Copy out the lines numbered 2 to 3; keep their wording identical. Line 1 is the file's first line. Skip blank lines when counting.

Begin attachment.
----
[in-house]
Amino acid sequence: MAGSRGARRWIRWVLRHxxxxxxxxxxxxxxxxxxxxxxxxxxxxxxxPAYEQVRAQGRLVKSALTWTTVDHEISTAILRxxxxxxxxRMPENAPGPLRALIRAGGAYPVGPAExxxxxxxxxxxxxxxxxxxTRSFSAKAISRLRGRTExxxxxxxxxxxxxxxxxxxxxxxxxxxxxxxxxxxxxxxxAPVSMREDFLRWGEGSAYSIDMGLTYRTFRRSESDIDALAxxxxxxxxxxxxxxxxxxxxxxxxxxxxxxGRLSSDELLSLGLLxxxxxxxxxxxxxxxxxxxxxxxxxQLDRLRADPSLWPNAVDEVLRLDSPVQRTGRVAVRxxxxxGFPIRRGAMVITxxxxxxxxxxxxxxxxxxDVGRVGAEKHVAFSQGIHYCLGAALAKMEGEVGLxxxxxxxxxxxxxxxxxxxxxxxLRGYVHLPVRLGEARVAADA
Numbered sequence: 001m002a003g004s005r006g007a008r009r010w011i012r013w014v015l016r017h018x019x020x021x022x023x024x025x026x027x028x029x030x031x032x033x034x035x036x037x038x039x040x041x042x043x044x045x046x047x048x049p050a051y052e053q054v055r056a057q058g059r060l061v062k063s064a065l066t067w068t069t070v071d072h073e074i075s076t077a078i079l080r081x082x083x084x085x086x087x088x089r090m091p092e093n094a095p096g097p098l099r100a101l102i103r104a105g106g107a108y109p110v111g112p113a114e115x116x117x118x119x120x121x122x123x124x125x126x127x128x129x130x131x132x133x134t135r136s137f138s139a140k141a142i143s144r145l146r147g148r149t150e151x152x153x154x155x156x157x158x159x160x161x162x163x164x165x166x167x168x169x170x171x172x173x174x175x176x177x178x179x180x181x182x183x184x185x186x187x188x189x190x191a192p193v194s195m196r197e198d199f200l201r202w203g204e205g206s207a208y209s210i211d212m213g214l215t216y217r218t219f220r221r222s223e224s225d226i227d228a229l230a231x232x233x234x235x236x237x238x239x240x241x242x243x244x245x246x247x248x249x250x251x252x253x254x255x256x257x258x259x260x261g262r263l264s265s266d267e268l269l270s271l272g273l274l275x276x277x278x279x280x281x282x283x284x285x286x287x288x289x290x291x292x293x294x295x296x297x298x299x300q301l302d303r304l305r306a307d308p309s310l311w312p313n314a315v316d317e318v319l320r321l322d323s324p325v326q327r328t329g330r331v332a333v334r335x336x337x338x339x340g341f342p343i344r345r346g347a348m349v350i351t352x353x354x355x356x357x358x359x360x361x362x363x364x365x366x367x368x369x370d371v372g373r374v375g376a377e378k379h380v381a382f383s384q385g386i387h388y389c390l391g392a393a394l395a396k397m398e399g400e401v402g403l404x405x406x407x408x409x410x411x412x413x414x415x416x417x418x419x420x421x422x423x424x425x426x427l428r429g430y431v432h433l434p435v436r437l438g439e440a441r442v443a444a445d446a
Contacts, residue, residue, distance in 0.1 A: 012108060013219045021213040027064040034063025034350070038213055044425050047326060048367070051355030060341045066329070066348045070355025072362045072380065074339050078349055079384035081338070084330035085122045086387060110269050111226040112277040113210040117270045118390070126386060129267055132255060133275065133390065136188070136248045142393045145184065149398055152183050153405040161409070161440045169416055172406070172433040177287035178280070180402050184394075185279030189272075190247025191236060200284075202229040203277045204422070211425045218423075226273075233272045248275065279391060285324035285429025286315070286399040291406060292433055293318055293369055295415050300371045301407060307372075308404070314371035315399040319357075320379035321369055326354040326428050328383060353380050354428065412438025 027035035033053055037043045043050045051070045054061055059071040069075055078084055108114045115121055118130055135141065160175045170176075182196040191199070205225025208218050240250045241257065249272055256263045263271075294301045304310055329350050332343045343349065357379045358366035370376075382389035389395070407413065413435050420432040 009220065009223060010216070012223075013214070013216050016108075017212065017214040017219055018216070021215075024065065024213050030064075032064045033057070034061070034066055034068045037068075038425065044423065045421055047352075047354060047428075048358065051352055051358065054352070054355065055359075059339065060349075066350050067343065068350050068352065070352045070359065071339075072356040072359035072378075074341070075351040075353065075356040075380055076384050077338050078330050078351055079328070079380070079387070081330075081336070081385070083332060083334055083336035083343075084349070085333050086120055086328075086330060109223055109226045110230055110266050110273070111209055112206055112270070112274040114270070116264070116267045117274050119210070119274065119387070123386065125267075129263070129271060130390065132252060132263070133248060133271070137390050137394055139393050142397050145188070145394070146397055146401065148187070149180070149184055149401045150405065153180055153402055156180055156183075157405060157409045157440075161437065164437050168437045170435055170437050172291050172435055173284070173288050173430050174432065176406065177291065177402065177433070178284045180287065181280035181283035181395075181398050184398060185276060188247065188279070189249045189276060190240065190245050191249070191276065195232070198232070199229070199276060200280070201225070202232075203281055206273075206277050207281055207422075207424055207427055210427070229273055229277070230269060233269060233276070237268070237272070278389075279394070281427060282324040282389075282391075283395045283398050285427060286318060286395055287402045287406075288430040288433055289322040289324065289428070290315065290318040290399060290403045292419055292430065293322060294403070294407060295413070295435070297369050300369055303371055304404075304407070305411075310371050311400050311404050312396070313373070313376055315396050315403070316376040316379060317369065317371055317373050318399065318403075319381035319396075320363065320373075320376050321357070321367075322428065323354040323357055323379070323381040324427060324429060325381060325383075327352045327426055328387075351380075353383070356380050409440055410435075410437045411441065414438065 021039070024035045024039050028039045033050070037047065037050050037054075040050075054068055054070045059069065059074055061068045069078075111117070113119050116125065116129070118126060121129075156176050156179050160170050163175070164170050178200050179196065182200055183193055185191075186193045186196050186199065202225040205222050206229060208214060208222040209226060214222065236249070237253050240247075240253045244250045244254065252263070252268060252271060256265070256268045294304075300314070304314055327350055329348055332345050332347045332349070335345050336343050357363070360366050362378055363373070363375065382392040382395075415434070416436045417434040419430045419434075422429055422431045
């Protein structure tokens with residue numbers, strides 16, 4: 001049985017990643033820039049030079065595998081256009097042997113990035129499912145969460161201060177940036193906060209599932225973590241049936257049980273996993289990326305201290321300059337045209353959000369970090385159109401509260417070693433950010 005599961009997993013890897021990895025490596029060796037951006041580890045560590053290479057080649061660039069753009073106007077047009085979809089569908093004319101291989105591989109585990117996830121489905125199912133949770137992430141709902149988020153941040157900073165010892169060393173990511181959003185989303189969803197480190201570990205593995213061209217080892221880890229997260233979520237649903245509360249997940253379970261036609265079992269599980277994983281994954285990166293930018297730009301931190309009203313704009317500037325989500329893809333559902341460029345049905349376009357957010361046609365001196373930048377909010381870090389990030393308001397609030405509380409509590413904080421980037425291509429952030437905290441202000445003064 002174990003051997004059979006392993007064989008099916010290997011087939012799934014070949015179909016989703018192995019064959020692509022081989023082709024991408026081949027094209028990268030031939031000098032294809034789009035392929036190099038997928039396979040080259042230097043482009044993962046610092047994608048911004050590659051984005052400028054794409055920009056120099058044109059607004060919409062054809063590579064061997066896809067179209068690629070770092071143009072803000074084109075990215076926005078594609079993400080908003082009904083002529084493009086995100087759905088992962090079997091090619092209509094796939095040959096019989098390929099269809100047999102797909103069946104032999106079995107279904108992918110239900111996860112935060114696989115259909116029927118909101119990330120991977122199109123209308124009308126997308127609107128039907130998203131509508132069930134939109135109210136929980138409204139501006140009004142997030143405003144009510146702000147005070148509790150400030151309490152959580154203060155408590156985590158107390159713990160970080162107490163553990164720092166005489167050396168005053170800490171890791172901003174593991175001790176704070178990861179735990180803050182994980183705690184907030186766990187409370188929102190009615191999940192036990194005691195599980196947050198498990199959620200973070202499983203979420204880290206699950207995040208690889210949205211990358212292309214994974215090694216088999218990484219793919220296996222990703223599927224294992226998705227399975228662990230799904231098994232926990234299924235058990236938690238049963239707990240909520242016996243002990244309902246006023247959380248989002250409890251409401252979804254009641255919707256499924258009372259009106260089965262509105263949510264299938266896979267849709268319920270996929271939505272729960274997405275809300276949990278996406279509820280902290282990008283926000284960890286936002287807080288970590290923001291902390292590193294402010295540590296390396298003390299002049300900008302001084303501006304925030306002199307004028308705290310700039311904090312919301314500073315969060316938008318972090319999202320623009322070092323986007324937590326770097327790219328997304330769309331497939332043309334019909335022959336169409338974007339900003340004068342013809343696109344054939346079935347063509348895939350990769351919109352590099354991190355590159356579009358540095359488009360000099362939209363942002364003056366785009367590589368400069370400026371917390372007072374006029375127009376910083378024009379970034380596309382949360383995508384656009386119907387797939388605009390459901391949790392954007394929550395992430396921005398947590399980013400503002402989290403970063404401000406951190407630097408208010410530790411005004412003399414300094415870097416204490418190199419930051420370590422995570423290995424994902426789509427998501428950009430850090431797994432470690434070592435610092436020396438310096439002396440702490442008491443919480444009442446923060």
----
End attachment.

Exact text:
Amino acid sequence: MAGSRGARRWIRWVLRHxxxxxxxxxxxxxxxxxxxxxxxxxxxxxxxPAYEQVRAQGRLVKSALTWTTVDHEISTAILRxxxxxxxxRMPENAPGPLRALIRAGGAYPVGPAExxxxxxxxxxxxxxxxxxxTRSFSAKAISRLRGRTExxxxxxxxxxxxxxxxxxxxxxxxxxxxxxxxxxxxxxxxAPVSMREDFLRWGEGSAYSIDMGLTYRTFRRSESDIDALAxxxxxxxxxxxxxxxxxxxxxxxxxxxxxxGRLSSDELLSLGLLxxxxxxxxxxxxxxxxxxxxxxxxxQLDRLRADPSLWPNAVDEVLRLDSPVQRTGRVAVRxxxxxGFPIRRGAMVITxxxxxxxxxxxxxxxxxxDVGRVGAEKHVAFSQGIHYCLGAALAKMEGEVGLxxxxxxxxxxxxxxxxxxxxxxxLRGYVHLPVRLGEARVAADA
Numbered sequence: 001m002a003g004s005r006g007a008r009r010w011i012r013w014v015l016r017h018x019x020x021x022x023x024x025x026x027x028x029x030x031x032x033x034x035x036x037x038x039x040x041x042x043x044x045x046x047x048x049p050a051y052e053q054v055r056a057q058g059r060l061v062k063s064a065l066t067w068t069t070v071d072h073e074i075s076t077a078i079l080r081x082x083x084x085x086x087x088x089r090m091p092e093n094a095p096g097p098l099r100a101l102i103r104a105g106g107a108y109p110v111g112p113a114e115x116x117x118x119x120x121x122x123x124x125x126x127x128x129x130x131x132x133x134t135r136s137f138s139a140k141a142i143s144r145l146r147g148r149t150e151x152x153x154x155x156x157x158x159x160x161x162x163x164x165x166x167x168x169x170x171x172x173x174x175x176x177x178x179x180x181x182x183x184x185x186x187x188x189x190x191a192p193v194s195m196r197e198d199f200l201r202w203g204e205g206s207a208y209s210i211d212m213g214l215t216y217r218t219f220r221r222s223e224s225d226i227d228a229l230a231x232x233x234x235x236x237x238x239x240x241x242x243x244x245x246x247x248x249x250x251x252x253x254x255x256x257x258x259x260x261g262r263l264s265s266d267e268l269l270s271l272g273l274l275x276x277x278x279x280x281x282x283x284x285x286x287x288x289x290x291x292x293x294x295x296x297x298x299x300q301l302d303r304l305r306a307d308p309s310l311w312p313n314a315v316d317e318v319l320r321l322d323s324p325v326q327r328t329g330r331v332a333v334r335x336x337x338x339x340g341f342p343i344r345r346g347a348m349v350i351t352x353x354x355x356x357x358x359x360x361x362x363x364x365x366x367x368x369x370d371v372g373r374v375g376a377e378k379h380v381a382f383s384q385g386i387h388y389c390l391g392a393a394l395a396k397m398e399g400e401v402g403l404x405x406x407x408x409x410x411x412x413x414x415x416x417x418x419x420x421x422x423x424x425x426x427l428r429g430y431v432h433l434p435v436r437l438g439e440a441r442v443a444a445d446a